BUSINESS rushes in upon Aaron; its volume overwhelms him.

“This is too much,” says he, “for a gentleman whose years have reached the middle fifties,” and he takes unto himself a partner.

Later he takes another partner; the work of the firm overflows into a quartette of rooms and keeps busy a dozen clerks.

“Why labor so hard?” asks the stubborn Swartwout. “Your income is the largest at the bar. You have no such need of money.”

“Ay! but my creditors have!”

“Your creditors? Who are they?”

“Every soul who lost a dollar by my Southwestern ambitions—you, with others. Man, I owe millions!”

Aaron works like a horse and lives like a Spartan. He rises with the blue of dawn. His servant appears with his breakfast—an egg, a plate of toast, a pot of coffee. He is at his desk in the midst of his papers when the clerks begin to arrive. All day he is insatiable to work. He sends messages, receives them, examines authorities, confers with fellow lawyers, counsels clients, dictates letters. Business incarnate—he pushes every affair with incredible dispatch. And the last thing he will agree to is defeat.

“Accept only the inevitable!” is his war-word, in law as in life.

Aaron’s day ends with seven o’clock. He shoves everything of litigation sort aside, helps himself to a glass of wine, and refuses further thought or hint of business. It is then he calls about him his friends. The evening is merry with laughter, jest and reminiscence. At midnight he retires, and sleeps like a tree.


“Colonel Burr,” observes Dr. Hosack—he who attended Hamilton at Weehawken—“you do not sleep enough; six hours is not enough. Also, you eat too little.”

Aaron gazes, with comic eye at the rotund, well-fed doctor, the purple of good burgundy in his full cheeks.

“If I were a doctor, now,” he retorts, “I should grant your word to be true. But I am a lawyer, and must keep myself on edge.”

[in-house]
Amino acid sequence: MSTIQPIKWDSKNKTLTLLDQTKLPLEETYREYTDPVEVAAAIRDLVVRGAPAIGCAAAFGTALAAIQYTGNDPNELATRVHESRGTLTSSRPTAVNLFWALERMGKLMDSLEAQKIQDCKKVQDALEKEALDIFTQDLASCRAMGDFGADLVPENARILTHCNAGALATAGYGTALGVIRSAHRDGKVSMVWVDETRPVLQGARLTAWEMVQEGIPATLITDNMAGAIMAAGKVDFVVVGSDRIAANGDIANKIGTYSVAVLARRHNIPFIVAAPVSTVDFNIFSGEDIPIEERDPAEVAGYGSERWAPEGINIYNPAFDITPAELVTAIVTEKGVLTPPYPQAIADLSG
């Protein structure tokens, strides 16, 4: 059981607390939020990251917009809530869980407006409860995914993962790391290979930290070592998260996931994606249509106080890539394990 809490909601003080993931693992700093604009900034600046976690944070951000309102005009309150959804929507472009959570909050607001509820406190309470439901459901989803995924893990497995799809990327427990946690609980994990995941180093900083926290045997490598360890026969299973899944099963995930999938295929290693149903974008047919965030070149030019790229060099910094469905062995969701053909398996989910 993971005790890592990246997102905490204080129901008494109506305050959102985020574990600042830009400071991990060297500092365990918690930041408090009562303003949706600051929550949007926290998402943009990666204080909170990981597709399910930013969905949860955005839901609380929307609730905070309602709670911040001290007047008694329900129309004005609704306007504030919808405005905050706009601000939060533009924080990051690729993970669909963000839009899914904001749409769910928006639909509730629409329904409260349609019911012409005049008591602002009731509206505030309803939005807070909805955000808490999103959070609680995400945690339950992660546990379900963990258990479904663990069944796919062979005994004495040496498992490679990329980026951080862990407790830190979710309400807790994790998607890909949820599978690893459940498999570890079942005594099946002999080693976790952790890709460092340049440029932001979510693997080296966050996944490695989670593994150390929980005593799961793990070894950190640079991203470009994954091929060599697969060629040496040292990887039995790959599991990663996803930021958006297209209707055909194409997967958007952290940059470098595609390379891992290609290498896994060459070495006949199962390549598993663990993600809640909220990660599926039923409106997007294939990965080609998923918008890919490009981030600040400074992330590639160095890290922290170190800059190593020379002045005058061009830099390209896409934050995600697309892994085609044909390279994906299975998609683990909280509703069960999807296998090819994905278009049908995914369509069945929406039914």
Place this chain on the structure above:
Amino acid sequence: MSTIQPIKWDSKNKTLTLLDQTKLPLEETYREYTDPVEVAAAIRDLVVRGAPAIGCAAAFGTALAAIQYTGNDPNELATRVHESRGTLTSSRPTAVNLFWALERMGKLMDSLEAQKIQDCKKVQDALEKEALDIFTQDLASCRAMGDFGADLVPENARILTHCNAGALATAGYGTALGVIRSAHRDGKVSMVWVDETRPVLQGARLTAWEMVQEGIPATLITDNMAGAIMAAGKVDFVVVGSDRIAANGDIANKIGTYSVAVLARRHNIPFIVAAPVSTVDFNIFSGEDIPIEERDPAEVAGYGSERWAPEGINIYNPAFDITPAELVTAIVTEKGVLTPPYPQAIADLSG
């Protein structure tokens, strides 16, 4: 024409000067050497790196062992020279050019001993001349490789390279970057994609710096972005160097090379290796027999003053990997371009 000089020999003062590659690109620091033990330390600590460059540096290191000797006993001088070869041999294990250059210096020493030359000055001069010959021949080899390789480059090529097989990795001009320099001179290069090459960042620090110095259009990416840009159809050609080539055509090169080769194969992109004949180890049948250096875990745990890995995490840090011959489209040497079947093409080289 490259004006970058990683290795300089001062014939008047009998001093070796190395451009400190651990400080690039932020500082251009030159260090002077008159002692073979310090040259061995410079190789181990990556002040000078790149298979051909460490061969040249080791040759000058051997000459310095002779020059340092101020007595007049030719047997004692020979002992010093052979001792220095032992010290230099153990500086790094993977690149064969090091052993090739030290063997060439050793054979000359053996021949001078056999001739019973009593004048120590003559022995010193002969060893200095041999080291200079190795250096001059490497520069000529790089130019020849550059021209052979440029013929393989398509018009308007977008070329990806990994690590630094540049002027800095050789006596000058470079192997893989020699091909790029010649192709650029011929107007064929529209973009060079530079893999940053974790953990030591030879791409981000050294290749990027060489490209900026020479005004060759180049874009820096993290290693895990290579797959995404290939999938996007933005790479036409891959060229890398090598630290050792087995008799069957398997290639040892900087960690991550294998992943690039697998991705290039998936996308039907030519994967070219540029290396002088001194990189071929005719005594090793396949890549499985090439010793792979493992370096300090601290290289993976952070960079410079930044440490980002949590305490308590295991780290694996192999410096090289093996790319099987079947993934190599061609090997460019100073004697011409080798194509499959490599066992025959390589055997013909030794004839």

Aaron’s earliest care is to write his arrival to the lustrous Theo. The reply he receives makes the world black.

“Less than a fortnight ago,” she says, “your letters would have gladdened my soul. Now there is no more joy, and life a blank. My boy is gone—forever dead and gone.”

While Aaron sits with the fatal letter in his fingers, his friend Van Ness comes in. He turns his black eyes on the visitor—eyes misty, dim, the brightness lost from them.

“What dreams were mine,” he sighs—“what dreams for my brave little boy! He is dead, and half my world has died.”

Toward the end of summer, Alston sends word that the lustrous Theo is in danger. The loss of her boy has struck at the roots of her life. Aaron, in new alarm, writes urging that she come North. He sends a physician from New York to bring her to him. Alston consents; he himself cannot come. His duties as governor tie him. The lustrous Theo, eager to meet her father with whom she parted on that tearful evening in Stone Street so many years ago, will start at once. He, Alston, shall later follow her.